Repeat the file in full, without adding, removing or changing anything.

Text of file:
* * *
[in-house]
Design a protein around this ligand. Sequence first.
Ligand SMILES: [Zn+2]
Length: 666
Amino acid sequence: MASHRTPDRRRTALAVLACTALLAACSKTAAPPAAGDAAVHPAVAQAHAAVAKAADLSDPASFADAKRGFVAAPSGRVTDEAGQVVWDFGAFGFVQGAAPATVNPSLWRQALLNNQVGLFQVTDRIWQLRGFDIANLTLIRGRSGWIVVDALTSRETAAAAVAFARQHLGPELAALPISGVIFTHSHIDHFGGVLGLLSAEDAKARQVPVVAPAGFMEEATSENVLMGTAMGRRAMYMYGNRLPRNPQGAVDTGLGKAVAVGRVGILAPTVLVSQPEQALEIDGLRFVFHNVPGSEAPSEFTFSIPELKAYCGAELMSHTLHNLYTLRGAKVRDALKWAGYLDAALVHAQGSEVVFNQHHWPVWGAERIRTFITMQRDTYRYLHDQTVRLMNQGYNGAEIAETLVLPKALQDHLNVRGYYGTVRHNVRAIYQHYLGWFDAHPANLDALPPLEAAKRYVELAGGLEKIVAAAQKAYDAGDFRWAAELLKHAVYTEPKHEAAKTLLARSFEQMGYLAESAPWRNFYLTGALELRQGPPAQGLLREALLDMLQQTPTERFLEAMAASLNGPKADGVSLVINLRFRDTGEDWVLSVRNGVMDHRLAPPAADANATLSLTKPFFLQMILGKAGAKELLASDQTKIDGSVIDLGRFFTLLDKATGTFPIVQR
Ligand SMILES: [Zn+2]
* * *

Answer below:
[in-house]
Design a protein around this ligand. Sequence first.
Ligand SMILES: [Zn+2]
Length: 666
Amino acid sequence: MASHRTPDRRRTALAVLACTALLAACSKTAAPPAAGDAAVHPAVAQAHAAVAKAADLSDPASFADAKRGFVAAPSGRVTDEAGQVVWDFGAFGFVQGAAPATVNPSLWRQALLNNQVGLFQVTDRIWQLRGFDIANLTLIRGRSGWIVVDALTSRETAAAAVAFARQHLGPELAALPISGVIFTHSHIDHFGGVLGLLSAEDAKARQVPVVAPAGFMEEATSENVLMGTAMGRRAMYMYGNRLPRNPQGAVDTGLGKAVAVGRVGILAPTVLVSQPEQALEIDGLRFVFHNVPGSEAPSEFTFSIPELKAYCGAELMSHTLHNLYTLRGAKVRDALKWAGYLDAALVHAQGSEVVFNQHHWPVWGAERIRTFITMQRDTYRYLHDQTVRLMNQGYNGAEIAETLVLPKALQDHLNVRGYYGTVRHNVRAIYQHYLGWFDAHPANLDALPPLEAAKRYVELAGGLEKIVAAAQKAYDAGDFRWAAELLKHAVYTEPKHEAAKTLLARSFEQMGYLAESAPWRNFYLTGALELRQGPPAQGLLREALLDMLQQTPTERFLEAMAASLNGPKADGVSLVINLRFRDTGEDWVLSVRNGVMDHRLAPPAADANATLSLTKPFFLQMILGKAGAKELLASDQTKIDGSVIDLGRFFTLLDKATGTFPIVQR
Ligand SMILES: [Zn+2]